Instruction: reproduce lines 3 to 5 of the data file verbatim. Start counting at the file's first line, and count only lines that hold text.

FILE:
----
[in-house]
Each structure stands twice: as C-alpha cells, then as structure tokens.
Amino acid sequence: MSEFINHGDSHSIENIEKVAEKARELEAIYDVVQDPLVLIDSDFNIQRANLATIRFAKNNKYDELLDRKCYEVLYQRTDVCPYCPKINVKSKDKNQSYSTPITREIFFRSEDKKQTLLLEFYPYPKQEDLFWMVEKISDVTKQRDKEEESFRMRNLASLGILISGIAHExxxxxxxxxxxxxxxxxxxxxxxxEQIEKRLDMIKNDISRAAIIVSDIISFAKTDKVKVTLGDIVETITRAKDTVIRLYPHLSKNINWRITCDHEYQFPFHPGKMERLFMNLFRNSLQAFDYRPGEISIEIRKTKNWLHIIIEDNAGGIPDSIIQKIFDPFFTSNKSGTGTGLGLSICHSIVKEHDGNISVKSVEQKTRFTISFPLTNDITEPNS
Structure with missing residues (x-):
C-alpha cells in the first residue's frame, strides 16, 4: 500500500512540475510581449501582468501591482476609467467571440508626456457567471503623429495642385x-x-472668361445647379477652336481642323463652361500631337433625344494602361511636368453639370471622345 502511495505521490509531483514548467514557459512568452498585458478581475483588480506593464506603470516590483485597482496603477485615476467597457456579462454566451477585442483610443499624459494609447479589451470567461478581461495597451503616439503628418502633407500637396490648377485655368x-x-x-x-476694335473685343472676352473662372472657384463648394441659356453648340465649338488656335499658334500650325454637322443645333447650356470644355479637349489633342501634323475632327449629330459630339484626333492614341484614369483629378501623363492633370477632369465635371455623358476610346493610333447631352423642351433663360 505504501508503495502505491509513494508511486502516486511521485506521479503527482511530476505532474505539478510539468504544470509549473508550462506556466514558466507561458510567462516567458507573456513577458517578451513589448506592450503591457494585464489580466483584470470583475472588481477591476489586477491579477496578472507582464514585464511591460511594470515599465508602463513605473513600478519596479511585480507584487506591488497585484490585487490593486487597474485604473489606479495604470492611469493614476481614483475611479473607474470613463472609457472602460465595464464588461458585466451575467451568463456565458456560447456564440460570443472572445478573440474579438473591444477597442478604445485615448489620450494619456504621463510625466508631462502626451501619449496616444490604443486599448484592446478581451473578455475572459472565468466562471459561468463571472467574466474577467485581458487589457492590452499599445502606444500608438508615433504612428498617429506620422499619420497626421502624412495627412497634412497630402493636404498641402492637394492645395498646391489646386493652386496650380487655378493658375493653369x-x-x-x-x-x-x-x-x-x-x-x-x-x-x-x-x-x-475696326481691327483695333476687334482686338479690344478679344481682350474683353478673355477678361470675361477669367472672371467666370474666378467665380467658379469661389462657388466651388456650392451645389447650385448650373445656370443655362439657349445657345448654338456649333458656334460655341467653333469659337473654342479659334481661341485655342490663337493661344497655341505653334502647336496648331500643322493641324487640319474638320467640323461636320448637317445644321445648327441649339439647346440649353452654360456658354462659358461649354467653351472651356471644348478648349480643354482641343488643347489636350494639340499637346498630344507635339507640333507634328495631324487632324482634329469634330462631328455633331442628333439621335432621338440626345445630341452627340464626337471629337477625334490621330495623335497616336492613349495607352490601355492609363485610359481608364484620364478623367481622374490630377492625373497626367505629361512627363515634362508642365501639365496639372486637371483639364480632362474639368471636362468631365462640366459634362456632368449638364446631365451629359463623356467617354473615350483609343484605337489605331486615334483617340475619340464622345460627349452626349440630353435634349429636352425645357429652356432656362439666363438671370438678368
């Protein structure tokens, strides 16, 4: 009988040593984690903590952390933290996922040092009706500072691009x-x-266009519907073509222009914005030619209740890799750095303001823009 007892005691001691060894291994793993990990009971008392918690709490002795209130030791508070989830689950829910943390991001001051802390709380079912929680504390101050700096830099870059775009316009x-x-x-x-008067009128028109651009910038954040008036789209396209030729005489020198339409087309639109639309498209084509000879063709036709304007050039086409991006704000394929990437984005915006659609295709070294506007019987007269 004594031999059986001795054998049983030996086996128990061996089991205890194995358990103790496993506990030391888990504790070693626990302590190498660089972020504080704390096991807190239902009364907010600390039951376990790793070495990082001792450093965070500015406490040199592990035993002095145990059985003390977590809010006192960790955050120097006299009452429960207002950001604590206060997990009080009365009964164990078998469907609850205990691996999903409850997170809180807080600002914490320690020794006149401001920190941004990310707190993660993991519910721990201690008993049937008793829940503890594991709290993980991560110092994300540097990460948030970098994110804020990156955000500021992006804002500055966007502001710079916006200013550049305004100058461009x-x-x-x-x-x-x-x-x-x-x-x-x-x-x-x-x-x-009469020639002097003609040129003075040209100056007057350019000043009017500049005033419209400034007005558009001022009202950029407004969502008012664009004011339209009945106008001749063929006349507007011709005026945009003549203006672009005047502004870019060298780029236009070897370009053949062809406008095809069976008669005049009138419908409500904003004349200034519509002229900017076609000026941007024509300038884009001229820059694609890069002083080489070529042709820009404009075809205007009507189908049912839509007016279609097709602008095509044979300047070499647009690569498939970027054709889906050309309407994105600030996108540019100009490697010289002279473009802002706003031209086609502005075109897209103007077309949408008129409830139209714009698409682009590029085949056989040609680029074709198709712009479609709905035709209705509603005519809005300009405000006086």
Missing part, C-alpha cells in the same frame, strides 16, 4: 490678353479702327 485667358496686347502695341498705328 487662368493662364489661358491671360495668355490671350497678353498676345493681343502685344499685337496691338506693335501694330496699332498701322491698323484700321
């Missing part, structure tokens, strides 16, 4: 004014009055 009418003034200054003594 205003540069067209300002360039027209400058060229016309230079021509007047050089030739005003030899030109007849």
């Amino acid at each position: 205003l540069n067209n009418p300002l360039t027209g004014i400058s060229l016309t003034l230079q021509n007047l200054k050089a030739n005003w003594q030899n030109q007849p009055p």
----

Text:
Amino acid sequence: MSEFINHGDSHSIENIEKVAEKARELEAIYDVVQDPLVLIDSDFNIQRANLATIRFAKNNKYDELLDRKCYEVLYQRTDVCPYCPKINVKSKDKNQSYSTPITREIFFRSEDKKQTLLLEFYPYPKQEDLFWMVEKISDVTKQRDKEEESFRMRNLASLGILISGIAHExxxxxxxxxxxxxxxxxxxxxxxxEQIEKRLDMIKNDISRAAIIVSDIISFAKTDKVKVTLGDIVETITRAKDTVIRLYPHLSKNINWRITCDHEYQFPFHPGKMERLFMNLFRNSLQAFDYRPGEISIEIRKTKNWLHIIIEDNAGGIPDSIIQKIFDPFFTSNKSGTGTGLGLSICHSIVKEHDGNISVKSVEQKTRFTISFPLTNDITEPNS
Structure with missing residues (x-):
C-alpha cells in the first residue's frame, strides 16, 4: 500500500512540475510581449501582468501591482476609467467571440508626456457567471503623429495642385x-x-472668361445647379477652336481642323463652361500631337433625344494602361511636368453639370471622345 502511495505521490509531483514548467514557459512568452498585458478581475483588480506593464506603470516590483485597482496603477485615476467597457456579462454566451477585442483610443499624459494609447479589451470567461478581461495597451503616439503628418502633407500637396490648377485655368x-x-x-x-476694335473685343472676352473662372472657384463648394441659356453648340465649338488656335499658334500650325454637322443645333447650356470644355479637349489633342501634323475632327449629330459630339484626333492614341484614369483629378501623363492633370477632369465635371455623358476610346493610333447631352423642351433663360 505504501508503495502505491509513494508511486502516486511521485506521479503527482511530476505532474505539478510539468504544470509549473508550462506556466514558466507561458510567462516567458507573456513577458517578451513589448506592450503591457494585464489580466483584470470583475472588481477591476489586477491579477496578472507582464514585464511591460511594470515599465508602463513605473513600478519596479511585480507584487506591488497585484490585487490593486487597474485604473489606479495604470492611469493614476481614483475611479473607474470613463472609457472602460465595464464588461458585466451575467451568463456565458456560447456564440460570443472572445478573440474579438473591444477597442478604445485615448489620450494619456504621463510625466508631462502626451501619449496616444490604443486599448484592446478581451473578455475572459472565468466562471459561468463571472467574466474577467485581458487589457492590452499599445502606444500608438508615433504612428498617429506620422499619420497626421502624412495627412497634412497630402493636404498641402492637394492645395498646391489646386493652386496650380487655378493658375493653369x-x-x-x-x-x-x-x-x-x-x-x-x-x-x-x-x-x-475696326481691327483695333476687334482686338479690344478679344481682350474683353478673355477678361470675361477669367472672371467666370474666378467665380467658379469661389462657388466651388456650392451645389447650385448650373445656370443655362439657349445657345448654338456649333458656334460655341467653333469659337473654342479659334481661341485655342490663337493661344497655341505653334502647336496648331500643322493641324487640319474638320467640323461636320448637317445644321445648327441649339439647346440649353452654360456658354462659358461649354467653351472651356471644348478648349480643354482641343488643347489636350494639340499637346498630344507635339507640333507634328495631324487632324482634329469634330462631328455633331442628333439621335432621338440626345445630341452627340464626337471629337477625334490621330495623335497616336492613349495607352490601355492609363485610359481608364484620364478623367481622374490630377492625373497626367505629361512627363515634362508642365501639365496639372486637371483639364480632362474639368471636362468631365462640366459634362456632368449638364446631365451629359463623356467617354473615350483609343484605337489605331486615334483617340475619340464622345460627349452626349440630353435634349429636352425645357429652356432656362439666363438671370438678368